Robert Beiler

Associate Opinion Editor

I believe in capitalism, and I don’t think that makes me a bad liberal.

There is a consistent misunderstanding regarding what capitalism is among college students. A confusion between unrestricted greed and the options afforded by free enterprise.

I’ve mentioned in previous articles about my discovery of Bernie Sanders. How his brash rants against companies, people, and organizations taking advantage of the poor and disenfranchised drew me in. I knocked on doors for his campaign and donated money to the cause. From a cost-benefit analysis, I took a risk and lost. But unlike many bad investments, I wouldn’t think to regret it.

“Bernie Sanders appealed to a lot of people because he was touting that there need to be rules to the game,” said Dr. Mike Gumpper, professor of economics at Millersville University. “[Sanders’ message was] the rules need to be strong, the penalties need to be strong, everyone needs to know the rules and that rules don’t make you less free they make you more free.”

There was a swell of student support for the senator from Vermont in the 2016 Democratic primary.

“I love Bernie Sanders,” said Caitlyn Hallman, Vice President of the College Democrats, which was the organization behind Sanders visit to campus during the campaign. “He was someone that was very passionate.”

Hallman said that she felt over the past 20 years that business had become less honest. She believed that while Sanders’ campaign was not a full-scale support of capitalism, that it promoted a return to more honest business.

Capitalism is like a horse. It can be beautiful and majestic and be a great tool, but if there is no one at the reins, someone is going to get kicked in the teeth.

This is where I think those on the left and I disagree, but I believe our differences come from definitions.

Bernie Sanders did not stand against private enterprise. His brand of social democracy in the vein of Denmark or Sweden is often derided by more conservative sects as a gateway to full socialism or communism.

That doesn’t have to be the case. The existence of a strong social safety net does not have to directly correlate to the creation of a nanny state or stop citizens from attempting to embrace entrepreneurialism.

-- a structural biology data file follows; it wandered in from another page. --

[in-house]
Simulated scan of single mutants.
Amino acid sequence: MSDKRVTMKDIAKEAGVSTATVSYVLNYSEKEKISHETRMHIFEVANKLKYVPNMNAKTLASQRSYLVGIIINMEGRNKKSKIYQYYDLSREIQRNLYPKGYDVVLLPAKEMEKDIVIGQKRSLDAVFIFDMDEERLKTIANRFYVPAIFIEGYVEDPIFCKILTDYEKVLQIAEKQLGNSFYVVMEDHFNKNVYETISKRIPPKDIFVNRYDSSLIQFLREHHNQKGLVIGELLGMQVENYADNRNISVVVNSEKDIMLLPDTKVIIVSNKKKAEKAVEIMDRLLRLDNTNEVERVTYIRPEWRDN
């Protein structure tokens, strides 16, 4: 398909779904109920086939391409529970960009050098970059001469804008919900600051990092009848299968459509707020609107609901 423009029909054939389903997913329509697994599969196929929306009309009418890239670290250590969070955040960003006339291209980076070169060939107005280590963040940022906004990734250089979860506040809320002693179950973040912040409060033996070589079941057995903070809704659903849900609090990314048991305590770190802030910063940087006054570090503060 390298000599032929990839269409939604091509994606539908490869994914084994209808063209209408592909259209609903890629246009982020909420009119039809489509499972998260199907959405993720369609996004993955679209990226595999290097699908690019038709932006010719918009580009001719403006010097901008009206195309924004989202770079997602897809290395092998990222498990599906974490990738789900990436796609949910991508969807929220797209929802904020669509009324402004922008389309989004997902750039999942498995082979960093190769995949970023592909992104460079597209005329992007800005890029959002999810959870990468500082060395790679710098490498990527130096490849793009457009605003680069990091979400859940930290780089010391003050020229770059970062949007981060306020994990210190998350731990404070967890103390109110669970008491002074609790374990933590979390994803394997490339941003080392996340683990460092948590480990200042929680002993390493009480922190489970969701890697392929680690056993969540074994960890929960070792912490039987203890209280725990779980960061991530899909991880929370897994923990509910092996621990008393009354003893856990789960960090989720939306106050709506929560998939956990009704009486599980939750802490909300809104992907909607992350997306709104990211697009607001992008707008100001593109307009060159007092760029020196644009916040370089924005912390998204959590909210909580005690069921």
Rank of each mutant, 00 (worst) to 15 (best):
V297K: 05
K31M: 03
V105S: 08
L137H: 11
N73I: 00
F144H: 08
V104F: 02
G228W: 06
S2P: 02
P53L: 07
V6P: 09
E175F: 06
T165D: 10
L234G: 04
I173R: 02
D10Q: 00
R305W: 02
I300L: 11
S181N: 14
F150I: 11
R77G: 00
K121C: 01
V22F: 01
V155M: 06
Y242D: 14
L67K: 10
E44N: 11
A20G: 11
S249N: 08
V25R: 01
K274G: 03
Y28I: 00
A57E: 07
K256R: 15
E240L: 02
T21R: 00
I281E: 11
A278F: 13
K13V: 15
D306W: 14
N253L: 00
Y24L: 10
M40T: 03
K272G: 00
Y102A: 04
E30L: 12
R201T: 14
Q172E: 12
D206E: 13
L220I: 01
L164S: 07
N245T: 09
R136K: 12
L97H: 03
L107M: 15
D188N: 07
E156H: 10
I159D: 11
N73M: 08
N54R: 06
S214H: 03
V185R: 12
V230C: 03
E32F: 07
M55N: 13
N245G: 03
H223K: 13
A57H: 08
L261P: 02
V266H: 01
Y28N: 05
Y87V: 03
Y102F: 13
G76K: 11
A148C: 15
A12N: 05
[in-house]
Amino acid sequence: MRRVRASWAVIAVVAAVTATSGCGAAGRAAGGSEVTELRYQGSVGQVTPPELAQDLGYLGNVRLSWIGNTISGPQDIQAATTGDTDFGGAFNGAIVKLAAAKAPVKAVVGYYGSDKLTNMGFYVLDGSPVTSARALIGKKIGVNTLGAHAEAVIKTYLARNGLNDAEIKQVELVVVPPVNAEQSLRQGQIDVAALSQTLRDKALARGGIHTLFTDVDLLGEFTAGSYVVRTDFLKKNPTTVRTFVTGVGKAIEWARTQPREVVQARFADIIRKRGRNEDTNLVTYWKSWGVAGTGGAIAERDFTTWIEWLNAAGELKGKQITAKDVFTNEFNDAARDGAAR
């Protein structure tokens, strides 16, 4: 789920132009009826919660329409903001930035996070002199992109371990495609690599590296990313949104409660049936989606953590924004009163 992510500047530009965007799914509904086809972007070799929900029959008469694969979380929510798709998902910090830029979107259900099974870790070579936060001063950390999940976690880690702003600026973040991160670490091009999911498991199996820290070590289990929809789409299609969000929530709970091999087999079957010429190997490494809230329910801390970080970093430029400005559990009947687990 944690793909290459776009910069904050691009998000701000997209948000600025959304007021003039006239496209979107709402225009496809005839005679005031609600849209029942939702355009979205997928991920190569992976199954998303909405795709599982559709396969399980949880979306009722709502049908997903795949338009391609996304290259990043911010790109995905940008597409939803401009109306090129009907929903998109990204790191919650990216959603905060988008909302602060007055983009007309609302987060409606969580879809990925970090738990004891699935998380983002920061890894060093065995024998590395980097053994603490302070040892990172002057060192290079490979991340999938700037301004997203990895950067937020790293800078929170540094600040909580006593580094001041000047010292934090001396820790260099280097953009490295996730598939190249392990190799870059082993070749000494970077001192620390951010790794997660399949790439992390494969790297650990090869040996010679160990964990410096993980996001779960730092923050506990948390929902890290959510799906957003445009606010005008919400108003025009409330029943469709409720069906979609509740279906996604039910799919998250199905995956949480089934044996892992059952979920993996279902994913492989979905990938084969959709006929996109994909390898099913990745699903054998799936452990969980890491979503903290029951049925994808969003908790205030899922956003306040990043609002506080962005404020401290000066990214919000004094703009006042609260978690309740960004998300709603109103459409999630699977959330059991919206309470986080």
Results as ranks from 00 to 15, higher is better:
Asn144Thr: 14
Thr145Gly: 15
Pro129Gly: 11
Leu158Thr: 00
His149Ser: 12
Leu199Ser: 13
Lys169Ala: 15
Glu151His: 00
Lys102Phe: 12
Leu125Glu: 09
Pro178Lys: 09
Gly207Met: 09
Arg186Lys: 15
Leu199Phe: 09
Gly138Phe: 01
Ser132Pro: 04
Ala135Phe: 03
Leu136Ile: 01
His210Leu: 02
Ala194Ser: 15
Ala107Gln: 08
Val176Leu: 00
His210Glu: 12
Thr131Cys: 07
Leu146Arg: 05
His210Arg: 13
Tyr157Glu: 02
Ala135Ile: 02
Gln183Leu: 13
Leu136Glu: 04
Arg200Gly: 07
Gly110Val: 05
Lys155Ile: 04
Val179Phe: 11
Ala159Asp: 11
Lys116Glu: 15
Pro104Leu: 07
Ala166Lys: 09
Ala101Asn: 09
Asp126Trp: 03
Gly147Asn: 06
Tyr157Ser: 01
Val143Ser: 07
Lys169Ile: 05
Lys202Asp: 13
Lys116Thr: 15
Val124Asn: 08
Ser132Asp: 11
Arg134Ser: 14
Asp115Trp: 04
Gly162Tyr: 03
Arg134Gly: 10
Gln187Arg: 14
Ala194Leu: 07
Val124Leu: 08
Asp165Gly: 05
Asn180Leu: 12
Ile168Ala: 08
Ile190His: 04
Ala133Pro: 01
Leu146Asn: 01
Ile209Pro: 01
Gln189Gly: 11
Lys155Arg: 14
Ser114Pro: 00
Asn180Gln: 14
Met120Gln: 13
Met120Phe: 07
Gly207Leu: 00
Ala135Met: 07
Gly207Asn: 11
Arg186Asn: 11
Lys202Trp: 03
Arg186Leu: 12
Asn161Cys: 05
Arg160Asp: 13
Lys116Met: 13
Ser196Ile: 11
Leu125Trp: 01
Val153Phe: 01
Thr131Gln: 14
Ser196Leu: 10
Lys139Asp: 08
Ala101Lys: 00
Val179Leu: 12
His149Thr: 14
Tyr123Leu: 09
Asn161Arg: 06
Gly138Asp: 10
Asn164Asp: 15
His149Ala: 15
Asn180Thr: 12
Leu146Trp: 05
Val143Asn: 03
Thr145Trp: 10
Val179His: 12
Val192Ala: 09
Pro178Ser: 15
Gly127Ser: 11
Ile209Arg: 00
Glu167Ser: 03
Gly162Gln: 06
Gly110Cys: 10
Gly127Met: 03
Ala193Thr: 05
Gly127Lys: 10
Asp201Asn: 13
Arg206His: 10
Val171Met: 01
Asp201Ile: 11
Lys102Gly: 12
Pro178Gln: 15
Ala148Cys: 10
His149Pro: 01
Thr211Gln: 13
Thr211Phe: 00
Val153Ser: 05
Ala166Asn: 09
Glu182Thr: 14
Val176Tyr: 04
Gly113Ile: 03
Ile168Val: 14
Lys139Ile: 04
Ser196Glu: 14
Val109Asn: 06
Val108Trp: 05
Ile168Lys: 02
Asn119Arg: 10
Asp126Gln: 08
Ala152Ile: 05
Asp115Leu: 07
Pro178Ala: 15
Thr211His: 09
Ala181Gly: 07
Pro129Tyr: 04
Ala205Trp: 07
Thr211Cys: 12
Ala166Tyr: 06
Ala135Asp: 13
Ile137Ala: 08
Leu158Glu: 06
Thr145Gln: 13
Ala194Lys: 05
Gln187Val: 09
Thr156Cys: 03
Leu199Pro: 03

Dr. Gumpper believes that there is a skewed perspective when people say that things like the social safety net or regulations hurt liberty or make people less free.

“But in actuality, having regulations and boundaries of behavior for corporations actually makes people more free,” Gumpper said. “Because they know exactly what society has decided on as the out of bound stakes and [know they] need to play between the out of bound stakes.”

I’m on Medicaid. Some are surprised I don’t say this in a hushed tone and with a sense of shame.

But before that, I was without health insurance. I suffered a pretty bad head injury and chose not to go to the doctor because I knew I couldn’t afford the bill for a CT scan. I rolled the dice and it was terrifying.

Now that I have it, I’m secure to pursue my work and schooling with the knowledge that if something out of my control happens, there will be a chance to recover.

Having Medicaid hasn’t stripped me of a desire to move up. I have big goals and I’m not fit to let them be dreams. I want to own my own business, I want to be able to give back to my community. If anything, being on Medicaid has made me strive to get farther.

So, we come back to capitalism. It gets a bad rap on the far left and the far right as being either uncaring or perfect depending on who you talk to.

Given the education, opportunity, and resources, I believe people are best able to govern themselves. Like communism, libertarianism can look good on paper. But it requires a bit more trust in people to always do the right thing. And I can’t go quite that far. The law and the market have not always been fair to many people, particularly women and people of color. While it might be easy to say we are beyond that, the past has rippling effects on the present.

Capitalism is like a horse. It can be beautiful and majestic and be a great tool, but if there is no one at the reins, someone is going to get kicked in the teeth. The market requires us to keep a careful watch, because there will always be those looking to exploit others or to remain indifferent to struggle.

Bernie Sanders didn’t lead me to reject capitalism. He led me to continue to reject apathy. To believe that we are all in this together.